Fatimah Kharleed-Goode didn’t start thinking about a nursing career until her 40s, but once she made the move, it was clear she was in the right place. As an RN at Cleveland Clinic’s South Pointe Hospital, she says helping people is her favorite part of the job. “I love my job, I love my patients,” Fatimah says. “Being their advocate is something that means a lot to me.”
So how did the journey begin for this native of Youngstown, Ohio? In her 20s, Fatimah met her future husband as a student at Youngstown State University. When he was drafted to the National Football League, the couple spent time in Missouri, New Jersey and Georgia. Eventually following his retirement, the couple settled in Cleveland, where Fatimah attended business school and became a bank teller, a career in which she would stay for a decade.
Inspired to consider nursing
Fatimah’s mother-in-law was a labor and delivery nurse at Mount Sinai Hospital in Cleveland, and the job always intrigued Fatimah. “She was my inspiration and I found myself interested in what she did,” she says. In 1999, Fatimah joined Mount Sinai Hospital as a secretary, and moved to Cleveland Clinic’s Huron Hospital a year later when Mount Sinai closed. She joined Cleveland Clinic’s South Pointe Hospital in 2001 as a secretary in surgery pre-op/PACU.
In 2012, Fatimah finally made the decision to become a nurse herself, attending Cuyahoga Community College and graduating in 2013—at the age of 54. She became a Registered Nurse in 2013 and got her first RN job on the medical surgical floor at South Pointe.
Bettering herself through education
Fatimah has loved her job from the start, but knew almost immediately after joining the hospital that she wanted to get her BSN. “Cleveland Clinic is a Magnet hospital and it was becoming a requirement, but my thought from the beginning was that I should at least go on for a bachelor’s and maybe even a master’s,” she says.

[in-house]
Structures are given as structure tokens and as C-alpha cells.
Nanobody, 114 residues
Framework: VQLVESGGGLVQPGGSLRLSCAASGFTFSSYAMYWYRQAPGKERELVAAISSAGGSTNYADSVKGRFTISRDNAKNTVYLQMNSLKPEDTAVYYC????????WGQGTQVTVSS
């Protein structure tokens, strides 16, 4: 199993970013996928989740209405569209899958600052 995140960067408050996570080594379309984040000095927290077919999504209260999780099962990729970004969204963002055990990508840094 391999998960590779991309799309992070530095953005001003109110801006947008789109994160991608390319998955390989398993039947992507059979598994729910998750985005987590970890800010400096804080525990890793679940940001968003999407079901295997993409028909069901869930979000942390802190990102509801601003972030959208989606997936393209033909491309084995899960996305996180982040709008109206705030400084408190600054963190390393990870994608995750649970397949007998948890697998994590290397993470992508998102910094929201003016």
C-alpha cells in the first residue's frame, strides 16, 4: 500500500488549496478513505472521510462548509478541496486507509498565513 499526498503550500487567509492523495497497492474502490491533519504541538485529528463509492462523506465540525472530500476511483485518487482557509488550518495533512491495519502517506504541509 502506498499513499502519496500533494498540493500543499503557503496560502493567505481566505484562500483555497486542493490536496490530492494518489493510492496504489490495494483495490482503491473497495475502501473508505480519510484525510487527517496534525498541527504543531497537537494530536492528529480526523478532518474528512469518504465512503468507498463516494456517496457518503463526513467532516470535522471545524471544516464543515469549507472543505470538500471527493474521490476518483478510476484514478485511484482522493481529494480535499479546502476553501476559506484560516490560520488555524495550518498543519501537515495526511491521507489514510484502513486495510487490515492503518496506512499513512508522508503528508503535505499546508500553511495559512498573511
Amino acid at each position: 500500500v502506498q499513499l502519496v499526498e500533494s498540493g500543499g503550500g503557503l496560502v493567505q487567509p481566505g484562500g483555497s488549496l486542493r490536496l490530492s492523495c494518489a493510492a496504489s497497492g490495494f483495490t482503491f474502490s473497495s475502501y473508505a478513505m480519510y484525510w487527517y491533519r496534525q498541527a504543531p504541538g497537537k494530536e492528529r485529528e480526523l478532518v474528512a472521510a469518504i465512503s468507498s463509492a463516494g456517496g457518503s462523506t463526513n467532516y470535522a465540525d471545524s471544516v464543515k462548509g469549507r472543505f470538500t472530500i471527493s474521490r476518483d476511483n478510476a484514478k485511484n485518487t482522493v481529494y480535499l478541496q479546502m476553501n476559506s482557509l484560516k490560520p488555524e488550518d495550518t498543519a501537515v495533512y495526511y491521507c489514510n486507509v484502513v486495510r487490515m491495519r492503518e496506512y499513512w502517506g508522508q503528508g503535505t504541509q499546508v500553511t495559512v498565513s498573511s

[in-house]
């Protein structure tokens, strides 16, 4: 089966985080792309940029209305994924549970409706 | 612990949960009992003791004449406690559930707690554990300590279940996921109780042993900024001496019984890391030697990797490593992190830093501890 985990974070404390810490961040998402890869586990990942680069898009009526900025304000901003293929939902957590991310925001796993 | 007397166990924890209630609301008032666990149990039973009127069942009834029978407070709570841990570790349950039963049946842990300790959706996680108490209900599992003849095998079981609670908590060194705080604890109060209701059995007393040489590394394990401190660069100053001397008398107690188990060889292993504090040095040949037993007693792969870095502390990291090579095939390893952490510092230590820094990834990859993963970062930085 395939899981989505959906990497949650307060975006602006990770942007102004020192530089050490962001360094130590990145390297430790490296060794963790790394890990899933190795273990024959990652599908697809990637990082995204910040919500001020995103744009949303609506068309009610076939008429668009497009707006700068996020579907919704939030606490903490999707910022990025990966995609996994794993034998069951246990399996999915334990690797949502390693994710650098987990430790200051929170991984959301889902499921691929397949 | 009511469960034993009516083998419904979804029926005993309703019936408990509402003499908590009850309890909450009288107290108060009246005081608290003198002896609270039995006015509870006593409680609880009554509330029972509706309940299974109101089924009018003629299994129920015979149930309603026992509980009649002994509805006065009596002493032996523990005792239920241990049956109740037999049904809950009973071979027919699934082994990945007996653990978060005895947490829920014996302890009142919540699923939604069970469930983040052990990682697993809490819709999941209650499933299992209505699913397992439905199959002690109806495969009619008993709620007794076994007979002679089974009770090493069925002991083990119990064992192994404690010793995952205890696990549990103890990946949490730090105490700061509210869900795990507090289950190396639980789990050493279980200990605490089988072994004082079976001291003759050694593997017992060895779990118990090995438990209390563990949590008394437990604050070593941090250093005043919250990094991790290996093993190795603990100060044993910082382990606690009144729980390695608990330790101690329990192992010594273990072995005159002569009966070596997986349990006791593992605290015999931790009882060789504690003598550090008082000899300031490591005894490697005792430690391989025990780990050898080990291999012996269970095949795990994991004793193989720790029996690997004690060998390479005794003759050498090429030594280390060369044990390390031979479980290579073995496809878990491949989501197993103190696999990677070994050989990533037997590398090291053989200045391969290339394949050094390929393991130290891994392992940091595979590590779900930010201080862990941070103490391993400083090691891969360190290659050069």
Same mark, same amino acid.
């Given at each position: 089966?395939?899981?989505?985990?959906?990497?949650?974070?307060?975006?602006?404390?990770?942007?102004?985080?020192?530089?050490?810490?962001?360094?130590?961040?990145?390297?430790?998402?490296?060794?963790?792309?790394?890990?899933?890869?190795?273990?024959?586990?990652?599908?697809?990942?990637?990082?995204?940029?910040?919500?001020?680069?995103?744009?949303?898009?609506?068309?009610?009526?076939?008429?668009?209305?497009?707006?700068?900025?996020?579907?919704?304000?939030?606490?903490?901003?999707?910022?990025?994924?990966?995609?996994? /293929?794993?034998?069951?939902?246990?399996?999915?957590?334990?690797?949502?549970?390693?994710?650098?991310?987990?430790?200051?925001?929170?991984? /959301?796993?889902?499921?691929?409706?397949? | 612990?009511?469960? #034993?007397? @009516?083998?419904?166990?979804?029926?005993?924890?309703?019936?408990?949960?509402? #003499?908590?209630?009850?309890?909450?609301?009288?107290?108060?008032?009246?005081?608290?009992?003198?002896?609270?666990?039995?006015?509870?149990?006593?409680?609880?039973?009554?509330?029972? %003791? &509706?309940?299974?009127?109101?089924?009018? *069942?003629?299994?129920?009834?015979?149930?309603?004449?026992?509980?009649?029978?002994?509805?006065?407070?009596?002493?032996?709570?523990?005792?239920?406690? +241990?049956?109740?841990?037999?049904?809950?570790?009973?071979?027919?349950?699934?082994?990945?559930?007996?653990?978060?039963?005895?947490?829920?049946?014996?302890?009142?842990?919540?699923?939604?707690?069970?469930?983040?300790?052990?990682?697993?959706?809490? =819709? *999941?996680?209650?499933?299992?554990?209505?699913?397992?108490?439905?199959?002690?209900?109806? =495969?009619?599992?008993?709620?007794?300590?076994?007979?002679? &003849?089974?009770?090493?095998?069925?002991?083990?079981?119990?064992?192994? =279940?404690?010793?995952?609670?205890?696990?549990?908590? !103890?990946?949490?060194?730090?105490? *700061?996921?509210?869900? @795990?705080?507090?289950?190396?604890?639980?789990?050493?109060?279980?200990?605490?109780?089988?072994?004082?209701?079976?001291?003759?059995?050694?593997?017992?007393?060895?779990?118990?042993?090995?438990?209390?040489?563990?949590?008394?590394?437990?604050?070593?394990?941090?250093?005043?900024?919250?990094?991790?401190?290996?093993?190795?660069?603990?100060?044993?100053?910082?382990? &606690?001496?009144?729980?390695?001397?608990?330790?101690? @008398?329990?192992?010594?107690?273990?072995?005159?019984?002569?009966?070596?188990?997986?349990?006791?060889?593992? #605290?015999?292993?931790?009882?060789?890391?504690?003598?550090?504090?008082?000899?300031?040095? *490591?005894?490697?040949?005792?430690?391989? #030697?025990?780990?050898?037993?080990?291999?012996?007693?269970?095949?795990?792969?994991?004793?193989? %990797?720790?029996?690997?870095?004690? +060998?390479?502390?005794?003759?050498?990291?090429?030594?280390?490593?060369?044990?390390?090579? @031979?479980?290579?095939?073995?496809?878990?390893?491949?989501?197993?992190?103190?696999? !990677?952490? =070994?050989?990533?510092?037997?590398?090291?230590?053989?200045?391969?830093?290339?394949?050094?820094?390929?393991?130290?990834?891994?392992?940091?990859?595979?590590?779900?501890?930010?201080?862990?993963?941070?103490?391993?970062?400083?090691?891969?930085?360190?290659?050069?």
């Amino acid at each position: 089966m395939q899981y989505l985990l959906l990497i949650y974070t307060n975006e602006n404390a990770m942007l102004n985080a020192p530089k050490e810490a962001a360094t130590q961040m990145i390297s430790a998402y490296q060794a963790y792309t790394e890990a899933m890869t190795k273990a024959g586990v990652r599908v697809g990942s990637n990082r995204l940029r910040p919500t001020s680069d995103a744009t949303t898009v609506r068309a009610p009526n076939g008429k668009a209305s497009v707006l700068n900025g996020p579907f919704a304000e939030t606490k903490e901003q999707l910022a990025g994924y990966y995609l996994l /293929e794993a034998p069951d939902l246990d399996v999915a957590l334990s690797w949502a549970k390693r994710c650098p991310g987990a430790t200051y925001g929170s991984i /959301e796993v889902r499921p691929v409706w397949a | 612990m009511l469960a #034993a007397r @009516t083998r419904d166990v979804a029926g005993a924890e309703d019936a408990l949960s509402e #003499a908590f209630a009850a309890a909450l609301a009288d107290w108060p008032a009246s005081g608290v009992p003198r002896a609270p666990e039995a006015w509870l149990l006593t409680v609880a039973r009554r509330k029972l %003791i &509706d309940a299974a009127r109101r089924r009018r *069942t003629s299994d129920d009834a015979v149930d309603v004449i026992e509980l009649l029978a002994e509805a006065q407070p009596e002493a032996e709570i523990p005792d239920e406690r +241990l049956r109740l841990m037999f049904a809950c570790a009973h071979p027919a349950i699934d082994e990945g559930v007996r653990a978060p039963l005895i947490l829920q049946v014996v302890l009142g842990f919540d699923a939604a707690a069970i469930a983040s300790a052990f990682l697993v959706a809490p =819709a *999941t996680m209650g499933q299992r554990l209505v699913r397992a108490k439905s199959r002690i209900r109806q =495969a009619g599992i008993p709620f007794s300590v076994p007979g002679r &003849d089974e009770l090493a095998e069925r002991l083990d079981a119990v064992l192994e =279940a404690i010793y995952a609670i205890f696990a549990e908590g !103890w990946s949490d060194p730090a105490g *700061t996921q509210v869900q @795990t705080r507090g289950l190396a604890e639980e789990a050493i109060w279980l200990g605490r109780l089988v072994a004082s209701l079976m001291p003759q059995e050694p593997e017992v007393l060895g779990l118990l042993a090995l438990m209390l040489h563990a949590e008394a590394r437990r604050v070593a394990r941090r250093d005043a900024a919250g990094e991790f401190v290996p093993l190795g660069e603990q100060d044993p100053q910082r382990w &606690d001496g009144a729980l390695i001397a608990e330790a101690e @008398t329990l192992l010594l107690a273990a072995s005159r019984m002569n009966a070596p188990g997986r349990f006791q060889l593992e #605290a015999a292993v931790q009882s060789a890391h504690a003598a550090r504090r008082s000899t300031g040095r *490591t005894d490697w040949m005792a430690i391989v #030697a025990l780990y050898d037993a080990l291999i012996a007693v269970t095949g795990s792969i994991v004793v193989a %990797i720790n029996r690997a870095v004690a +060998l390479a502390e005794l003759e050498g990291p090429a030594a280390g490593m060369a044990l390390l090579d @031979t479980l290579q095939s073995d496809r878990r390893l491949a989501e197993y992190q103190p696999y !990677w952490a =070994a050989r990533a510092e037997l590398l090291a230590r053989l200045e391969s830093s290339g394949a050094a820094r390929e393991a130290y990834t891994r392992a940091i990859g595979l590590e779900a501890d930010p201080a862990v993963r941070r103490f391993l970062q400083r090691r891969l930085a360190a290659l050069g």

She started researching bachelor’s degree programs and came across American Sentinel University. “I had friends at work who were students at American Sentinel and I heard great things,” she says. Fatimah enrolled in the RN to BSN program in 2014. “The communication is excellent. The advisors are so supportive. And I really appreciate being able to communicate with the professors. They care.”
Obstacles along the way
Through her BSN, Fatimah has encountered some unexpected challenges, with her husband becoming ill in the middle of the program. “I had to take FMLA leave for a while and it hasn’t been easy, but I’ve kept at it, and I am finishing my last class this week,” she says. “I always tell others, ‘Shoot for your dreams.’ It doesn’t matter what obstacles you’re facing or how old you are. As long as you’re alive, you might as well be working toward something.” Fatimah’s husband of 36 years and their three sons—all college graduates themselves—are cheering her on every step of the way. By the new year, she will officially hold her BSN from American Sentinel.
A lifelong learner
An admitted lifelong learner, Fatimah says she has always considered life to be a journey and the things she doesn’t know to be opportunities to learn something new. In addition to earning her BSN, she recently started taking violin lessons. She hopes to play a song at her granddaughter’s birthday party next year. “You’re never too old to learn something, and I’m still learning,” she says. “This is my journey, and I want to experience it.”
Inspired by Fatimah’s story? A BSN is ideal for nurses who want to expand their knowledge base, become more marketable and enjoy greater career stability and mobility. Specialized knowledge forms the foundation of nursing and when you acquire new knowledge, you can apply it to nursing practice in ways that enhance patient care and improve outcomes.
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